Trust, Diplomacy and Conflict Transformation 2018

In April 2018, the ICCS hosted its fifth annual training programme on Trust, Diplomacy and Conflict Transformation at the University of Birmingham.

Roundtable: The Social Construction of Trust

In September 2017, the ICCS held a workshop at the University of Birmingham to bring together doctoral students/early career researchers and experienced scholars from a variety of disciplinary backgrounds to discuss the current trust research in the field of International Relations. This podcast is taken from the final roundtable.

 Trust, Diplomacy and Conflict Transformation 2017

In March 2017, the ICCS hosted its fourth annual training programme on 'Trust, Diplomacy and Conflict Transformation' at the University of Birmingham. The programme brought together current students with delegates from around the world, including from the Czech Republic, Nepal and the United States, to learn about the different approaches to conflict resolution in International Relations.

Geneva Summit: 30th Anniversary Conference

In November 2015, The ICCS invited scholars and practitioners to reflect on the legacy of the meeting between Reagan and Gorbachev, exploring what went right, what went wrong, and assessing the prognosis for the future. The central focus of this event was to address the question of how trust was developed between the two leaders, why the relationship has broken down in the intervening years, and whether trust can be restored given the current state of US-Russia relations.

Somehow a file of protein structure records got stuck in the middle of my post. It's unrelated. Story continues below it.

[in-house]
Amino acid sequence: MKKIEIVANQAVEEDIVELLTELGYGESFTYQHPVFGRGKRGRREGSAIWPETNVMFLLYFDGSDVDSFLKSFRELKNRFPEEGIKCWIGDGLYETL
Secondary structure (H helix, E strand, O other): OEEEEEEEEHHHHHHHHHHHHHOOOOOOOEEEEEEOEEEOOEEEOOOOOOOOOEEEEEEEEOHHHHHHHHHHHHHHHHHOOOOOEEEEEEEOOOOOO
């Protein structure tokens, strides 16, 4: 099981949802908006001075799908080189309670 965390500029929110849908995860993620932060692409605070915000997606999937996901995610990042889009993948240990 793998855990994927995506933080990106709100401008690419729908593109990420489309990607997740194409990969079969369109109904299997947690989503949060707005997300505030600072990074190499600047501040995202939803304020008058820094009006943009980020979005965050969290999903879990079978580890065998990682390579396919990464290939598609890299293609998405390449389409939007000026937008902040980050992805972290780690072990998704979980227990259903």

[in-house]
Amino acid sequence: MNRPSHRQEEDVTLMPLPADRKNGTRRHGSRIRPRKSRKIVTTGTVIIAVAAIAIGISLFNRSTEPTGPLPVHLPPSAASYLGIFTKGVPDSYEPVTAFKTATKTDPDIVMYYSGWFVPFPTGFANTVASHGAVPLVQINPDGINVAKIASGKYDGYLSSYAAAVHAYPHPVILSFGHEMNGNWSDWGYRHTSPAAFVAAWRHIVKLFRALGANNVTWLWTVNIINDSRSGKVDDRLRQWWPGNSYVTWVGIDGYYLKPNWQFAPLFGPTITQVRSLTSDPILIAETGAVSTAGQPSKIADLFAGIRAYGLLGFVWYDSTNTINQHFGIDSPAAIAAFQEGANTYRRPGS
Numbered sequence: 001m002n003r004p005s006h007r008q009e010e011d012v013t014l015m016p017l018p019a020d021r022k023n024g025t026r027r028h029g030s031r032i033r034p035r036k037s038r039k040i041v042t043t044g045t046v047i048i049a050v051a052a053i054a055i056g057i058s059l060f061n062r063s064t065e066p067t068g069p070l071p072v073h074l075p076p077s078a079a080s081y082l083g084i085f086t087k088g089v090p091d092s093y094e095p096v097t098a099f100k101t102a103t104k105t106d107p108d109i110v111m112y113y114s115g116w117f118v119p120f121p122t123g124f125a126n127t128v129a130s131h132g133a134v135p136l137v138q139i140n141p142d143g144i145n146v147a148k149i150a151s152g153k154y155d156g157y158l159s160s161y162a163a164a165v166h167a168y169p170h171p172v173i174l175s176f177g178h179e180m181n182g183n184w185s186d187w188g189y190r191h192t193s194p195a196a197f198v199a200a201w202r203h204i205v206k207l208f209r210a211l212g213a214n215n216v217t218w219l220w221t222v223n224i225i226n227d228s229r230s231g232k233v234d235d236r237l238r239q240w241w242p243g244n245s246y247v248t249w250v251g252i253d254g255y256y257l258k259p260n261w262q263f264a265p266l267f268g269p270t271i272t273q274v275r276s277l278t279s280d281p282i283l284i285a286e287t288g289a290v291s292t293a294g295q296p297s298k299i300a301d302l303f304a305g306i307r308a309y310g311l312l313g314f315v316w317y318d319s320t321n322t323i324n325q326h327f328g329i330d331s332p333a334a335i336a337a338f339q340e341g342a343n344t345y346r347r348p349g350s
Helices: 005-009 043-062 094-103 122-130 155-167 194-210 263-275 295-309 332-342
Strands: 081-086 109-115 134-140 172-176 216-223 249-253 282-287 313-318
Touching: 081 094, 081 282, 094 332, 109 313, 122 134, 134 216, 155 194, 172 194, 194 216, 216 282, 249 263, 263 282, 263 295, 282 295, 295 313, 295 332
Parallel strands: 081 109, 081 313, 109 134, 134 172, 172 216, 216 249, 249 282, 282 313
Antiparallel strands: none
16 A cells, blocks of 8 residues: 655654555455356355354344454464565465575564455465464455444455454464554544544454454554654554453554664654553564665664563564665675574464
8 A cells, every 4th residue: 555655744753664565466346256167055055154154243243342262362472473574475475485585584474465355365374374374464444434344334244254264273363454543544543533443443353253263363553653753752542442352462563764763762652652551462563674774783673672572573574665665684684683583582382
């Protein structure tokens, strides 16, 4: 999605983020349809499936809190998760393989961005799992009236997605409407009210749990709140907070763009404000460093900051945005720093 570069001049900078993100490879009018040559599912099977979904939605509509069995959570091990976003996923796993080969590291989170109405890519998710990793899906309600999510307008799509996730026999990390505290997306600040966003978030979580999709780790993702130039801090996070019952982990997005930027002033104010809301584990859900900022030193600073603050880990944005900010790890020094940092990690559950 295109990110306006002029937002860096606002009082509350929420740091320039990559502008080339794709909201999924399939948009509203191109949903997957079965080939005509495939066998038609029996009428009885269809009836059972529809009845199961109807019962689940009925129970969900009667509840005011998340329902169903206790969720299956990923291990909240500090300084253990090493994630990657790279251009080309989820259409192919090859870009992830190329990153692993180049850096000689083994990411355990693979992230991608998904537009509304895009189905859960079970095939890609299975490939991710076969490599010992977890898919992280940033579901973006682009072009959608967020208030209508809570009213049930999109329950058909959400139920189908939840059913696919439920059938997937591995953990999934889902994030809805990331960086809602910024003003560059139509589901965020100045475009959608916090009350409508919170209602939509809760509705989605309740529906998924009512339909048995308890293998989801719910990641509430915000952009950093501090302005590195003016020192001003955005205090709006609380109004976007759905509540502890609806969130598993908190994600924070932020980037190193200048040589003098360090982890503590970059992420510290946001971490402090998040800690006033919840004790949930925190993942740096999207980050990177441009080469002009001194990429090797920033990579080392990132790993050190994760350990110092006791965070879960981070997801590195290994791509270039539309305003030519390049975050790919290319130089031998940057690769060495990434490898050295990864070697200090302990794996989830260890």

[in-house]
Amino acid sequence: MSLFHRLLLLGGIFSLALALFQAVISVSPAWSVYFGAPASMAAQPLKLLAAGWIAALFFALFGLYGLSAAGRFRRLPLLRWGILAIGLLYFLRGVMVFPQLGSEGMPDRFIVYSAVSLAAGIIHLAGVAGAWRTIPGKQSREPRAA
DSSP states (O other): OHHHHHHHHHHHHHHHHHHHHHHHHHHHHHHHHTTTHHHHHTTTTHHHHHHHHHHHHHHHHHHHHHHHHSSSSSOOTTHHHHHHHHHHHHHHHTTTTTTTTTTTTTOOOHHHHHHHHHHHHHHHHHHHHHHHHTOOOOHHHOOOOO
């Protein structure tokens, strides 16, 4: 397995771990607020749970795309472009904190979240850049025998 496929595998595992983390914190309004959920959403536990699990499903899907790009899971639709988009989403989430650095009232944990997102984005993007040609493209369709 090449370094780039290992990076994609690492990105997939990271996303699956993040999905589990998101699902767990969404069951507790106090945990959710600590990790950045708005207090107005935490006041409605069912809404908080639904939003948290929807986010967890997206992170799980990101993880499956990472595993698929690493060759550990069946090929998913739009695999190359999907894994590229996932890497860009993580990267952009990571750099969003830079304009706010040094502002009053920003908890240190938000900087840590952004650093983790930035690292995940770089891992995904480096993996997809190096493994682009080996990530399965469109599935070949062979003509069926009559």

Podcast: Trust and Deception Workshop

In October 2015, the ICCS held a workshop at the University of Birmingham to bring together experts from a variety of disciplinary perspectives to discuss trust and deception in international politics. How do trust and deception affect each other? Why, when, and how do leaders and policy-makers attempt to deceive each other and their publics? What are the available tools to detect deception? Can trust be built in an environment in which deception is perceived to be the norm? Scholars convened to tackle the theory and application of their current research.

Workshop report: 'Face-to-face Diplomacy and Interpersonal Trust in IR'

In March 2015, the ICCS hosted a visit from Dr Marcus Holmes, Assistant Professor of Government at the College of William & Mary, who, in 2014, became an Honorary Research Fellow in Social Neuroscience and International Relations at the ICCS. The visit culminated in a workshop on Saturday 28th March, on 'Face-to-face Diplomacy and Interpersonal Trust in IR', which looked in depth at chapters from Dr Holmes' current work-in-progress, and also from Professor Nicholas J Wheeler's forthcoming book, 'Trusting Enemies'.

Trust, Cooperation and the Global Nuclear Future

In September 2012, the ICCS hosted the third annual symposium of "The Challenges to Trust Building in Nuclear Worlds" entitled "Trust, Cooperation and the Global Nuclear Future" in conjunction with the University of Leicester's Intelligence, Security and Strategic Studies Group (ISSG)